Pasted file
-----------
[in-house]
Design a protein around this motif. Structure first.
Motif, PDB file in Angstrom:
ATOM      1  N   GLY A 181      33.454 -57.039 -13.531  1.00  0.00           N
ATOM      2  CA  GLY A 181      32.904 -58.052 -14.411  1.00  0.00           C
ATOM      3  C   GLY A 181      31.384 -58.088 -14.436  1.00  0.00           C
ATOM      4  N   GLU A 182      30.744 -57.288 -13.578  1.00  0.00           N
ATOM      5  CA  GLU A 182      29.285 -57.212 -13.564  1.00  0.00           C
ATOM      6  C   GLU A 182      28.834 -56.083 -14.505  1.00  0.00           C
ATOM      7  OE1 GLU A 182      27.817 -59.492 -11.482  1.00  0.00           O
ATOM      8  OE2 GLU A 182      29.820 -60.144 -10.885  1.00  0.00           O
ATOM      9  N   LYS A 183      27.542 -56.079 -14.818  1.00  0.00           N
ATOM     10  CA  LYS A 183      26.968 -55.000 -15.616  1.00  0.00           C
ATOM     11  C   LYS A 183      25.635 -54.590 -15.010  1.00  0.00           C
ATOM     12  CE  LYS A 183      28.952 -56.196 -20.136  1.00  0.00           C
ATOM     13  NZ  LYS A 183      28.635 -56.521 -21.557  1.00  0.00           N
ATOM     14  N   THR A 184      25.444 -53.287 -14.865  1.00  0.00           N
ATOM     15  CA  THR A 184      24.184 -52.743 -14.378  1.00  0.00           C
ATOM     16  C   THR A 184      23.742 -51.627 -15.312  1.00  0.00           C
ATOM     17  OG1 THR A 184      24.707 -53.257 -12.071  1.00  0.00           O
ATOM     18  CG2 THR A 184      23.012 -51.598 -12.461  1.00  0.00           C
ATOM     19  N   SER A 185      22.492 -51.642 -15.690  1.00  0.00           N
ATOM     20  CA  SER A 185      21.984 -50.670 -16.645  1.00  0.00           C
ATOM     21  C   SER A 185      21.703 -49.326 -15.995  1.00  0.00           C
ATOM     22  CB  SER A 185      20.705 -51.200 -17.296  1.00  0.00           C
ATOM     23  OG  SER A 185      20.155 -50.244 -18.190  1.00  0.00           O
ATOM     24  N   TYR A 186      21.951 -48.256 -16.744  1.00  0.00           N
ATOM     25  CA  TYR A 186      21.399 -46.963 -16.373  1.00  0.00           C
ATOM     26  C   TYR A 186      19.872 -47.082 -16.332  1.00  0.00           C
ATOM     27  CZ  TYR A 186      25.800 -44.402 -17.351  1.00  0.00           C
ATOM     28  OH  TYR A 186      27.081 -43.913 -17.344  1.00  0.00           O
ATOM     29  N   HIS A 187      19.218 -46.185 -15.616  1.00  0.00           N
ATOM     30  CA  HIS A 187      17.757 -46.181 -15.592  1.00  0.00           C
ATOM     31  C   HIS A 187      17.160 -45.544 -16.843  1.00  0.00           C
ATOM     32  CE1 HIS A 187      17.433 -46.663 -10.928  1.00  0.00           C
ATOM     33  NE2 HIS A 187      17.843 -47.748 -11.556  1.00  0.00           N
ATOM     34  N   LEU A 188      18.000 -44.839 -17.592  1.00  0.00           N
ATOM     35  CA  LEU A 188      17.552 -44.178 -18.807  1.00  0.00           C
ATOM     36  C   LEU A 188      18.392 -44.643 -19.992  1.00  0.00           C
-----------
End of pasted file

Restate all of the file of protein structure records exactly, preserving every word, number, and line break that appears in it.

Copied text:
[in-house]
Design a protein around this motif. Structure first.
Motif, PDB file in Angstrom:
ATOM      1  N   GLY A 181      33.454 -57.039 -13.531  1.00  0.00           N
ATOM      2  CA  GLY A 181      32.904 -58.052 -14.411  1.00  0.00           C
ATOM      3  C   GLY A 181      31.384 -58.088 -14.436  1.00  0.00           C
ATOM      4  N   GLU A 182      30.744 -57.288 -13.578  1.00  0.00           N
ATOM      5  CA  GLU A 182      29.285 -57.212 -13.564  1.00  0.00           C
ATOM      6  C   GLU A 182      28.834 -56.083 -14.505  1.00  0.00           C
ATOM      7  OE1 GLU A 182      27.817 -59.492 -11.482  1.00  0.00           O
ATOM      8  OE2 GLU A 182      29.820 -60.144 -10.885  1.00  0.00           O
ATOM      9  N   LYS A 183      27.542 -56.079 -14.818  1.00  0.00           N
ATOM     10  CA  LYS A 183      26.968 -55.000 -15.616  1.00  0.00           C
ATOM     11  C   LYS A 183      25.635 -54.590 -15.010  1.00  0.00           C
ATOM     12  CE  LYS A 183      28.952 -56.196 -20.136  1.00  0.00           C
ATOM     13  NZ  LYS A 183      28.635 -56.521 -21.557  1.00  0.00           N
ATOM     14  N   THR A 184      25.444 -53.287 -14.865  1.00  0.00           N
ATOM     15  CA  THR A 184      24.184 -52.743 -14.378  1.00  0.00           C
ATOM     16  C   THR A 184      23.742 -51.627 -15.312  1.00  0.00           C
ATOM     17  OG1 THR A 184      24.707 -53.257 -12.071  1.00  0.00           O
ATOM     18  CG2 THR A 184      23.012 -51.598 -12.461  1.00  0.00           C
ATOM     19  N   SER A 185      22.492 -51.642 -15.690  1.00  0.00           N
ATOM     20  CA  SER A 185      21.984 -50.670 -16.645  1.00  0.00           C
ATOM     21  C   SER A 185      21.703 -49.326 -15.995  1.00  0.00           C
ATOM     22  CB  SER A 185      20.705 -51.200 -17.296  1.00  0.00           C
ATOM     23  OG  SER A 185      20.155 -50.244 -18.190  1.00  0.00           O
ATOM     24  N   TYR A 186      21.951 -48.256 -16.744  1.00  0.00           N
ATOM     25  CA  TYR A 186      21.399 -46.963 -16.373  1.00  0.00           C
ATOM     26  C   TYR A 186      19.872 -47.082 -16.332  1.00  0.00           C
ATOM     27  CZ  TYR A 186      25.800 -44.402 -17.351  1.00  0.00           C
ATOM     28  OH  TYR A 186      27.081 -43.913 -17.344  1.00  0.00           O
ATOM     29  N   HIS A 187      19.218 -46.185 -15.616  1.00  0.00           N
ATOM     30  CA  HIS A 187      17.757 -46.181 -15.592  1.00  0.00           C
ATOM     31  C   HIS A 187      17.160 -45.544 -16.843  1.00  0.00           C
ATOM     32  CE1 HIS A 187      17.433 -46.663 -10.928  1.00  0.00           C
ATOM     33  NE2 HIS A 187      17.843 -47.748 -11.556  1.00  0.00           N
ATOM     34  N   LEU A 188      18.000 -44.839 -17.592  1.00  0.00           N
ATOM     35  CA  LEU A 188      17.552 -44.178 -18.807  1.00  0.00           C
ATOM     36  C   LEU A 188      18.392 -44.643 -19.992  1.00  0.00           C